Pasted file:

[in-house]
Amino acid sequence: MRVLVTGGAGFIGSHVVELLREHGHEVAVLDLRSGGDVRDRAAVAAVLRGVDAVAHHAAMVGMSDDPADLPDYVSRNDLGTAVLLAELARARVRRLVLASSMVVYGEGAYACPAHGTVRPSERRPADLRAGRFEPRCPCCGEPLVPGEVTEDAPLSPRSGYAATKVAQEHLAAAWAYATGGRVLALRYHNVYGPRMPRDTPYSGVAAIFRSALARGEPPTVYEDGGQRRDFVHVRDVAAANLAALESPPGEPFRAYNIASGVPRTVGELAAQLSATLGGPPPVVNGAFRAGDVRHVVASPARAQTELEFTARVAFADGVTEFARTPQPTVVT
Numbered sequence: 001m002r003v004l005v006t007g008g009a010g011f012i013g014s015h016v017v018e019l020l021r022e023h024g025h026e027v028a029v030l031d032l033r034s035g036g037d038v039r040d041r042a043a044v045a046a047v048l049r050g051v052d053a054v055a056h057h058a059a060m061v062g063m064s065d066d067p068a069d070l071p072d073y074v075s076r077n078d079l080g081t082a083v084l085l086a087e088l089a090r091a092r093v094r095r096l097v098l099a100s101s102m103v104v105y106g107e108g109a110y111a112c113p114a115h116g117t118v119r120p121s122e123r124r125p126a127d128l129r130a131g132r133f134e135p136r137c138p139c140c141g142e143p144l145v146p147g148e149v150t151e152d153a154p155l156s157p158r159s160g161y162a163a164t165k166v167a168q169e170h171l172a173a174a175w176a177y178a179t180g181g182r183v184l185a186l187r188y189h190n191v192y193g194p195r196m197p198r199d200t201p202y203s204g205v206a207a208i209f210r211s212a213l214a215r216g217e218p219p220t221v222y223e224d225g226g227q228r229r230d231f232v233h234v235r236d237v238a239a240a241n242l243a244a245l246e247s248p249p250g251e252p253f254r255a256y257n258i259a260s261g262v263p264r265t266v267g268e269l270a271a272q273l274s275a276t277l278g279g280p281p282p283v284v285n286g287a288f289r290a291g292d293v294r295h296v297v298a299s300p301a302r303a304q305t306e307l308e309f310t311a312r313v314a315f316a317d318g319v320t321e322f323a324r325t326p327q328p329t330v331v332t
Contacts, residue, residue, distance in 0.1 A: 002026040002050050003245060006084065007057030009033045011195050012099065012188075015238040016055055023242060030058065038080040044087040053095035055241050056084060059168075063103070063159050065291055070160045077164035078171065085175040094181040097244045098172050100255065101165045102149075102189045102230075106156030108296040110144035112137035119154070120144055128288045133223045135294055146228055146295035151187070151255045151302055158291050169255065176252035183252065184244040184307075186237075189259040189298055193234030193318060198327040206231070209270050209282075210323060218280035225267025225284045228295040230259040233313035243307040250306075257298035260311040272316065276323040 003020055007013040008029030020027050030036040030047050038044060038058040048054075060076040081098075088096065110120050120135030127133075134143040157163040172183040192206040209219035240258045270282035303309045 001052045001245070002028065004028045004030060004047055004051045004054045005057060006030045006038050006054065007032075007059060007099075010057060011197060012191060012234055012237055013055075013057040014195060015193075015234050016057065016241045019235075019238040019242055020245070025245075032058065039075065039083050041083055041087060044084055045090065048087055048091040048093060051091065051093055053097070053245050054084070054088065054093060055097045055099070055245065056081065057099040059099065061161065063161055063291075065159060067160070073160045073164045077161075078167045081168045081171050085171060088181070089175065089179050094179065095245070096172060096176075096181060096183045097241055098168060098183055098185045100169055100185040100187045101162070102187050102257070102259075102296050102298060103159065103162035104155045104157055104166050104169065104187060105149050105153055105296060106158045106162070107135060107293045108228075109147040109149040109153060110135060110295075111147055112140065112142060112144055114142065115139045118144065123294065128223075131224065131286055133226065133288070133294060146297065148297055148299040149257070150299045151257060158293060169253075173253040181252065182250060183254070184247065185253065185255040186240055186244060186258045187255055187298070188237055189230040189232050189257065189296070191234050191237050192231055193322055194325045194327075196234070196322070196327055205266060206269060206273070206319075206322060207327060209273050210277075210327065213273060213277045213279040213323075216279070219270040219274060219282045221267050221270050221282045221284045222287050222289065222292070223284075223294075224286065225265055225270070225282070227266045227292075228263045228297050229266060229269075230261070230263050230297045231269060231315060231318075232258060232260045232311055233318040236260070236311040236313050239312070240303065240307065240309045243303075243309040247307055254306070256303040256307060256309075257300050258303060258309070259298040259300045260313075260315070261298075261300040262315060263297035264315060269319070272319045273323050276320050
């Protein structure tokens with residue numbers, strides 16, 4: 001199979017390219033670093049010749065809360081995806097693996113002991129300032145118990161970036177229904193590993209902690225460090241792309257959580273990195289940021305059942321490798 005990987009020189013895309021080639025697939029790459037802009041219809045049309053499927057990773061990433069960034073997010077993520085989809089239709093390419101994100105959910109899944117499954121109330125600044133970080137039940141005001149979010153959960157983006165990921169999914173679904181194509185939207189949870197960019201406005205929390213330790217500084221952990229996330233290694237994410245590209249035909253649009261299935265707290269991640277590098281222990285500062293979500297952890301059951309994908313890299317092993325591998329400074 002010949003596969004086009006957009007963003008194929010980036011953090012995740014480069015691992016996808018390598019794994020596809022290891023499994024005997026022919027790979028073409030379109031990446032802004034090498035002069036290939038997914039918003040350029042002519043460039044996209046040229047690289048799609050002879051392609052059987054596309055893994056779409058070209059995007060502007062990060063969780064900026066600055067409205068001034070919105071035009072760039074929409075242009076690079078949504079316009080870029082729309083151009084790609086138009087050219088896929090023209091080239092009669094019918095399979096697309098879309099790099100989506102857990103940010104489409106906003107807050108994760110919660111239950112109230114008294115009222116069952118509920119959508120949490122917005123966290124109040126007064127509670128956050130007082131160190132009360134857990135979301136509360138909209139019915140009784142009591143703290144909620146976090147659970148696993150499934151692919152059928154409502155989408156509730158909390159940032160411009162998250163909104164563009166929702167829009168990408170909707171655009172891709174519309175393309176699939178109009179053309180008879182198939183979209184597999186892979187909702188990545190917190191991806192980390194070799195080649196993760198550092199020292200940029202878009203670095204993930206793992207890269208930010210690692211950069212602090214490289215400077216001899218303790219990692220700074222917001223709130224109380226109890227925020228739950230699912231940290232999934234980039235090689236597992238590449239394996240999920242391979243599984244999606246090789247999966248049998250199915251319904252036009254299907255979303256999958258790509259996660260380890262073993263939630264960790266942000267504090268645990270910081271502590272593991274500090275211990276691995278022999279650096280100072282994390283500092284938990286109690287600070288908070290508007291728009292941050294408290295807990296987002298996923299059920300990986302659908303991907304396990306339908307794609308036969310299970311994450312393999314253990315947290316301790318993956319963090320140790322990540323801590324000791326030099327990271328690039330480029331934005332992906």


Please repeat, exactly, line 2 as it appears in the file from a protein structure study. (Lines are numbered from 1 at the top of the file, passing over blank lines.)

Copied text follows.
Amino acid sequence: MRVLVTGGAGFIGSHVVELLREHGHEVAVLDLRSGGDVRDRAAVAAVLRGVDAVAHHAAMVGMSDDPADLPDYVSRNDLGTAVLLAELARARVRRLVLASSMVVYGEGAYACPAHGTVRPSERRPADLRAGRFEPRCPCCGEPLVPGEVTEDAPLSPRSGYAATKVAQEHLAAAWAYATGGRVLALRYHNVYGPRMPRDTPYSGVAAIFRSALARGEPPTVYEDGGQRRDFVHVRDVAAANLAALESPPGEPFRAYNIASGVPRTVGELAAQLSATLGGPPPVVNGAFRAGDVRHVVASPARAQTELEFTARVAFADGVTEFARTPQPTVVT